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How to Hit the Minimum Spend (& Earn That Bonus) Responsibly on Credit Cards

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Earning a big welcome offer from your first (or any) travel rewards card is exciting. There's no easier way to get a bunch of miles to fuel your next vacation.

But in order to earn that big bonus, you've got to spend a certain amount of money within the first few months: Typically between $500 and $5,000 over a three- to six-month period, depending on the card – and sometimes much more. No matter the requirement, it's no small matter.

Credit cards are serious business: Spending more money than you normally would on a credit card leads to debt and high-interest payments, wiping out any benefits the points and miles might provide while harming your credit score. Responsibility is key.

Fortunately, there are plenty of ways to meet your minimum spend requirement on a travel rewards card without going on an irresponsible three-month shopping spree. These are some of our favorite ways to meet those spending requirements without spending any more than you normally do.


What You Need to Know

The welcome offers you see are the largest sum of points you can earn quickly by signing up for a new credit card. Every month, we assemble a list of the absolute best card offers that are currently available for travelers – and over the last few months, we've seen some of the biggest and best welcome offers ever.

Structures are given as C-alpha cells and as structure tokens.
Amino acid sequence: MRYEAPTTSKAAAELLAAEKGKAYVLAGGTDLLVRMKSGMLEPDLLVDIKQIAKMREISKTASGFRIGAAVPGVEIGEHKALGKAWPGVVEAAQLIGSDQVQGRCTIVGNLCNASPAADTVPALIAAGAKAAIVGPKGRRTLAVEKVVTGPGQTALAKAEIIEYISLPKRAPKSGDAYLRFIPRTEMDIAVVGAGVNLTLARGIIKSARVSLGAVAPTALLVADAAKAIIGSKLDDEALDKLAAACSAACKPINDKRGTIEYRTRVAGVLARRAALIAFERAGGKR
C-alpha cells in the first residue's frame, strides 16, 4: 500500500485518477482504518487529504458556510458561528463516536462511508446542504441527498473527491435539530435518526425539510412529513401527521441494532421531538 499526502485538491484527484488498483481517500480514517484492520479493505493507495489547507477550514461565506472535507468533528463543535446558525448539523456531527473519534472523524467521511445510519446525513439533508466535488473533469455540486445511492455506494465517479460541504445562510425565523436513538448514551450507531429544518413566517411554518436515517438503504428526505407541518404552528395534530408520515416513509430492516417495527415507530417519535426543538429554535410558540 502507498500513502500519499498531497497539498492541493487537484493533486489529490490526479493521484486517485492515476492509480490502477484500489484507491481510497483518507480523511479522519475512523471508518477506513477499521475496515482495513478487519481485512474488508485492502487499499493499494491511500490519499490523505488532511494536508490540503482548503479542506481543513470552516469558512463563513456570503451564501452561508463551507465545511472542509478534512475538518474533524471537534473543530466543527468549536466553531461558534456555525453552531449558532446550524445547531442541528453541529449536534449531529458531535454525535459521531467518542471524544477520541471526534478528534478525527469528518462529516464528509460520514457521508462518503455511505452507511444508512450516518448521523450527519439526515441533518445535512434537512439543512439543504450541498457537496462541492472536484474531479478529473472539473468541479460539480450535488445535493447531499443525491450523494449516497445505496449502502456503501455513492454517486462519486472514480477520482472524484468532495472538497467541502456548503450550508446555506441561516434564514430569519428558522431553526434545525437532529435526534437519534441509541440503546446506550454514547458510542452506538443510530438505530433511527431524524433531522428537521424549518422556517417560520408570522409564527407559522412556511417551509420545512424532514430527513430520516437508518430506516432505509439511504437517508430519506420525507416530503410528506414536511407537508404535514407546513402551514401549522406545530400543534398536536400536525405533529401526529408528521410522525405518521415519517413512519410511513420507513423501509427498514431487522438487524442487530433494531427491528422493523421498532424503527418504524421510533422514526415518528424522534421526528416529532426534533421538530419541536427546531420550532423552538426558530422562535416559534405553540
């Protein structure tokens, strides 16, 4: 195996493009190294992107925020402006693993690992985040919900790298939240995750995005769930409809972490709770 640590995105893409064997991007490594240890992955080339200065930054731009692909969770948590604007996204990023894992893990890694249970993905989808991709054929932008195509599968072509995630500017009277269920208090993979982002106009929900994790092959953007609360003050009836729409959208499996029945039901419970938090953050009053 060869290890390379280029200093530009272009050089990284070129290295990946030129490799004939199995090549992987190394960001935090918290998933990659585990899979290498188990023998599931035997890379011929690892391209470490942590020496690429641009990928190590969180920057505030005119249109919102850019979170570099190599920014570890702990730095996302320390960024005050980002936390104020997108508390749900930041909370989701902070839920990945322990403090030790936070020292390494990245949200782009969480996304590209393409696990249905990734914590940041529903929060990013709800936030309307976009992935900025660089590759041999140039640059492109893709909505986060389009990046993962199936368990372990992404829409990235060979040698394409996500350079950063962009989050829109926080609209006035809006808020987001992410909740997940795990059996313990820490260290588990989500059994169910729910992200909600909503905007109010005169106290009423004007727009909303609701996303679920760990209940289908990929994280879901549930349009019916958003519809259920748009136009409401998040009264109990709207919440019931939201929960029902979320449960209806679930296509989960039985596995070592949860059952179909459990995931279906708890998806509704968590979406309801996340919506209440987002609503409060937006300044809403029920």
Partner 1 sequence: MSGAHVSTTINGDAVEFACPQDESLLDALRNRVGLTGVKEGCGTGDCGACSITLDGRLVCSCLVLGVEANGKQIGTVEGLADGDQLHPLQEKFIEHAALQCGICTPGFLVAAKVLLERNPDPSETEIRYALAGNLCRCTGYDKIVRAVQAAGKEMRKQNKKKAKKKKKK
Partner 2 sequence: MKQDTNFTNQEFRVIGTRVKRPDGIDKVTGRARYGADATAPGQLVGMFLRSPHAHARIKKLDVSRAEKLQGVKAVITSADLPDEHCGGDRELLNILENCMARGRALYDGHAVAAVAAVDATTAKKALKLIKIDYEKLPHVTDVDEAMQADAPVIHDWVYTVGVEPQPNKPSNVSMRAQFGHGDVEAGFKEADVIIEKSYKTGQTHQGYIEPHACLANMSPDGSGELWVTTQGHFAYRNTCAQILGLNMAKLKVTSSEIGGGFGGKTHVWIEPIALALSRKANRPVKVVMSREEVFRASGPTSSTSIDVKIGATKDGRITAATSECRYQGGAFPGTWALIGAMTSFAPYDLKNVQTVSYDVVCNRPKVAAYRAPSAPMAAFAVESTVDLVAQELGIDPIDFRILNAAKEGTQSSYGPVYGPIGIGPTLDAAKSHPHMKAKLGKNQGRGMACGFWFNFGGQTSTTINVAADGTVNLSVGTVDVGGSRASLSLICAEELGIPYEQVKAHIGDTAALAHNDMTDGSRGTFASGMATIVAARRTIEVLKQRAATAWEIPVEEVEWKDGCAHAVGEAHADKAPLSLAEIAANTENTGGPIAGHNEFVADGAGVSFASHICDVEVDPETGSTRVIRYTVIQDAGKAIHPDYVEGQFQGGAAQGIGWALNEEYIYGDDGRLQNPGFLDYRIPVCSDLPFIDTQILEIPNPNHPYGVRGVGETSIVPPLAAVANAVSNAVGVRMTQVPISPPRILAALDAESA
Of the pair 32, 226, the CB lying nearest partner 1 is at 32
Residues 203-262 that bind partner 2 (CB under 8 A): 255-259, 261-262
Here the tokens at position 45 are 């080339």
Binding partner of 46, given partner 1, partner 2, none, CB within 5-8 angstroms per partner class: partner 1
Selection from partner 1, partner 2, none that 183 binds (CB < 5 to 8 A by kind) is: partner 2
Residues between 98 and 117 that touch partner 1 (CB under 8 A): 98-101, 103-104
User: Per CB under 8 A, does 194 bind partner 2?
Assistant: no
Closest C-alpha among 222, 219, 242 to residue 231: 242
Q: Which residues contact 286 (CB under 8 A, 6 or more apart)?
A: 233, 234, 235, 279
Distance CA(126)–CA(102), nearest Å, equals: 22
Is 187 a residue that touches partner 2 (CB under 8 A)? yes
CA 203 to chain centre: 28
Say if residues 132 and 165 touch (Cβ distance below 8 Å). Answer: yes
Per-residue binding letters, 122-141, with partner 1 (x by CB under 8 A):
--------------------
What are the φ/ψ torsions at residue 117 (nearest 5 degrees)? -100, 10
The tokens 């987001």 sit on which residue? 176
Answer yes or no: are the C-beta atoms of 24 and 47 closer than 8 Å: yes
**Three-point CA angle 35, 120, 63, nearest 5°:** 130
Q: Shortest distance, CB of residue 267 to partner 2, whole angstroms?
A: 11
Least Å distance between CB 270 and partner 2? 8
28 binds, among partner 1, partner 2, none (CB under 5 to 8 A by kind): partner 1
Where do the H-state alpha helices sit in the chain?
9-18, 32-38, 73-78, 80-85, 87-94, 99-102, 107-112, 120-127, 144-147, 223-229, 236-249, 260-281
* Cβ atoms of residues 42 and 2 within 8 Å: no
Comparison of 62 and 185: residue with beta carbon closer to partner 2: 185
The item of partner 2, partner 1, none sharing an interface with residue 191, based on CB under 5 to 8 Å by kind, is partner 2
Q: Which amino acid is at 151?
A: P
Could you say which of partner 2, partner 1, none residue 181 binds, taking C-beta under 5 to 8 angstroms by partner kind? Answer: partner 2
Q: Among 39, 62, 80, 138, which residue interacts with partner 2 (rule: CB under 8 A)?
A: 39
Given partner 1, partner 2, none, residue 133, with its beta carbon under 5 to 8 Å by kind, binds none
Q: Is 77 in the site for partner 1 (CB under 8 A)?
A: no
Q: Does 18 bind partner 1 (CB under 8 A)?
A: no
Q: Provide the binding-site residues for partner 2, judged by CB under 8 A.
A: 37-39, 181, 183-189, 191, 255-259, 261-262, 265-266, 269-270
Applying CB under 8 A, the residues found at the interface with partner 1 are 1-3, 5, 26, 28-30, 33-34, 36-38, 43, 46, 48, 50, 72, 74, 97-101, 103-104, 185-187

But no matter the points bonus or the spending required to earn it, you definitely don't want to come up short.

So it's important to have a plan for meeting that minimum spend requirement by the set time frame, and doing so responsibly – i.e., without spending money you don't have. If you can't pay off every dollar you put on your new card, don't open a credit card. 

Here are a few of the steps we take to meet that minimum spend.

  1. Know the sign-up bonus details: How much do you need to spend, and by what date? Each card's requirements will be different. Set a reminder in your calendar for the weeks leading up to the deadline, so you can be sure you won't miss your goal. And keep in mind the clock starts from the date you're approved – not when your new card arrives.
  2. Know how much you normally spend in a month: To know if you can comfortably reach this goal without overspending, you need to know how much you spend in a month. If you have a monthly budget spreadsheet, use Mint.com, or have any other means of tracking your monthly finances, see how much of your typical monthly spending you can feasibly put on this new card.
  3. Track your progress: Keep close tabs on your progress toward earning your sign-up bonus goal to make sure you're on track and will meet the minimum spend requirement. We recommend using an Excel spreadsheet, or one of our favorite card-tracking programs, TravelFreely.

Now that you know the basics to set yourself up for success, let's get into some ways you can meet that minimum spending requirement without buying anything more than usual.


Put All Purchases Towards Your Goal